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No refund due to a critical tweet?

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  • No refund due to a critical tweet?


    I was removed from an online course today, as I wrote a negative tweet about the course. The email points to this clause in their contract:-

    In addition, if a learner makes critical comments or allegations about the college or any individual(s) who work for it, on any social media channel, website or blog, whether using their own name or an identifiable alias, we reserve the right to:

    (a) Remove them from their course(s), without refund of their fees, and

    (b) Take legal action for defamation, malicious falsehood, breach of privacy, copyright or data protection laws, against any such person, whether or not they have used our Complaints Procedure (please also see clause 12.6).

    I am just wondering if this is really legally enforceable? Surely I am allowed to say that a college is terrible, if said college is terrible without being banned and provided with the terrible service I unfortunately paid for?

    I have just used a denial of service chargeback for the funds but expect they'll dispute that. But surely this sort of thing can't be enforceable?

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  • #2

    It's very harsh, they should be able to take criticism. If they were offended by it, they should ask you to remove it. It shouldn't effect your place on the course. Just because they have 'Terms and Conditions', doesn't mean they are 'fair'.



    • #3
      I would have thought that would be an unfair term under the Consumer contract regulations. Especially as they are not prepared to give u back your money . It also allows them to decide what is criticism. Itís too one sided.

      Threaten them with court based on the above legislation or go onto the office for fair trading website. You should be able to make a complaint through them and they will deal with the company.
      Last edited by Ukmicky; 2nd October 2021, 17:56:PM.


      • #4

        Just wonder if a critical comment about a course is the same as a critical comment about the college


        • #5
          They did ask me to remove the tweet but only after kicking me off the course and threatening to instruct their solicitor with defamation charges.

          I did the sensible thing, and set up Twitter Bots. One to repost the original tweet as a comment after every tweet they put out. A second to highlight how most of their testimonials are also staff members with side by side pictures of linked in CVs and the testimonials. A third to post screenshot of their principal denying that pieces of content existed on their sales page next to a screenshot of the said content existing. And fourth with a screenshot of their listed endorsements next to mosaic of said endorsements say I have never heard of them, in various ways. (Yeah, I actually wrote to them and asked.) All asking their licencing provides through tags why they provide them with licencing.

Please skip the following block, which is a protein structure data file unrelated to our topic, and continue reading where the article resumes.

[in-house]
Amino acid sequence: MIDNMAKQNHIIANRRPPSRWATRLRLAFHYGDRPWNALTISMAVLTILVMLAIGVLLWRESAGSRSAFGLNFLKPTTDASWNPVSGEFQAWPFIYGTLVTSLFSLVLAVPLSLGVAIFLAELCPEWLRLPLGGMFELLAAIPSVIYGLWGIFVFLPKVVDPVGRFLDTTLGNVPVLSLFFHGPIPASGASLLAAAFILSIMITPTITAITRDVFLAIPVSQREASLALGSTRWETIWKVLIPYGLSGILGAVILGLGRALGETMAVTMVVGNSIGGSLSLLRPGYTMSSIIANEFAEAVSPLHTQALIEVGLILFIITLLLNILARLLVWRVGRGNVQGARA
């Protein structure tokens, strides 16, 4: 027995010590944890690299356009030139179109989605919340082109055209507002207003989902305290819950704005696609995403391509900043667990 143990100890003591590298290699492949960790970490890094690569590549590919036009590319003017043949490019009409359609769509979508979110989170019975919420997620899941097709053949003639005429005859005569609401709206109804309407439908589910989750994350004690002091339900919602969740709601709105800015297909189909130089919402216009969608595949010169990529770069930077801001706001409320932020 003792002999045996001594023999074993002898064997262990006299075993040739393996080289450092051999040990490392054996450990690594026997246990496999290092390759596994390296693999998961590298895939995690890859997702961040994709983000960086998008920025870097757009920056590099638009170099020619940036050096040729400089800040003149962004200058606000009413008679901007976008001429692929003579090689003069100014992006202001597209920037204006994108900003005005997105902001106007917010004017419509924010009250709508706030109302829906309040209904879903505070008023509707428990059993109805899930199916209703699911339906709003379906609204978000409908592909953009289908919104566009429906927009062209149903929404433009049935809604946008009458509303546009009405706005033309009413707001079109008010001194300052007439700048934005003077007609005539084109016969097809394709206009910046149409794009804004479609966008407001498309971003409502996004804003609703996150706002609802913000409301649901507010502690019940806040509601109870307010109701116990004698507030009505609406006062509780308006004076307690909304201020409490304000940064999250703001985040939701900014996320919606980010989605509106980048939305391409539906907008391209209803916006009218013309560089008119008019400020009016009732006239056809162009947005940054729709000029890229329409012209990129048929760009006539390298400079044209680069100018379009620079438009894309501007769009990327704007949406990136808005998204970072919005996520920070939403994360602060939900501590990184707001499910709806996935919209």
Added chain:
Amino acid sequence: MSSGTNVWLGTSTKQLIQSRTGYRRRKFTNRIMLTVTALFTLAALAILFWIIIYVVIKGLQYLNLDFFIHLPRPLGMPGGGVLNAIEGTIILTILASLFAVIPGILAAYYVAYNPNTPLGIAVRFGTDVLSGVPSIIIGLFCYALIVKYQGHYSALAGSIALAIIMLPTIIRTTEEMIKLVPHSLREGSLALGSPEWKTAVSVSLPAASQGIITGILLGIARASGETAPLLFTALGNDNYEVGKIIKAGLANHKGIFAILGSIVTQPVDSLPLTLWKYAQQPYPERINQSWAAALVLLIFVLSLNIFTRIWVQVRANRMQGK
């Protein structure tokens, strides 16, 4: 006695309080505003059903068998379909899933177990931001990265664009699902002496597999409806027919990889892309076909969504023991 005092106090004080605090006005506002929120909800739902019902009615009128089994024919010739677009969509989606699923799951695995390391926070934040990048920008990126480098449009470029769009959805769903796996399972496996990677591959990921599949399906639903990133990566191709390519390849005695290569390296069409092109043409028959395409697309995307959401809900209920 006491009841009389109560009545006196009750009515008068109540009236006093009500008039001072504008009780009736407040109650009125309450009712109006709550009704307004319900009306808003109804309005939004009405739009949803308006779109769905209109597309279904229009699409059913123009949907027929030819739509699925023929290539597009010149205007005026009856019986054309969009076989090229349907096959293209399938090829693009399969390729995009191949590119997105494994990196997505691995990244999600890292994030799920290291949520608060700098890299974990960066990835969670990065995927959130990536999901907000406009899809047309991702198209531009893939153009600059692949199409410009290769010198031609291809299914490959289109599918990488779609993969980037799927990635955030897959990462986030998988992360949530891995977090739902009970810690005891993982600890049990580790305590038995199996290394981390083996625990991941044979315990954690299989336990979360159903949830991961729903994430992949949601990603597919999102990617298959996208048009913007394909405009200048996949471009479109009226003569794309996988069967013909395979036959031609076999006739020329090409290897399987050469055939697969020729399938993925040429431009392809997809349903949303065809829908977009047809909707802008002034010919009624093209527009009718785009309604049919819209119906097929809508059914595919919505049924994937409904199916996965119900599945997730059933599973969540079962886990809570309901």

Pretty sure their SEO guy is having a full nervous breakdown. There bot hasn't has stopped posting every hour.

          Yeah, I am petty and have too much time on my hands.

          Pretty sure chargeback processors will overturn the disputed thing if the reason they provide has no basis.

          The thing will never reach court, have a picture of their principal lying about false advertising claims by having changing the website's copy and denying it's existence. The guy has invalidated everything he says. Complete with time dates, and JavaScript time logs of changes. So, if I have to instruct a solicitor should be settled quickly.

          Just wondered if there was any basis for that clause .


          • #6
            A post you might find interesting: https://www.huffingtonpost.co.uk/201...n_4147702.html

            also those t&c's are part of a Consumer contract and are therefor subject to consumer rights Act 2015 which has a schedule listing terms which may be unfair. Worth a read!


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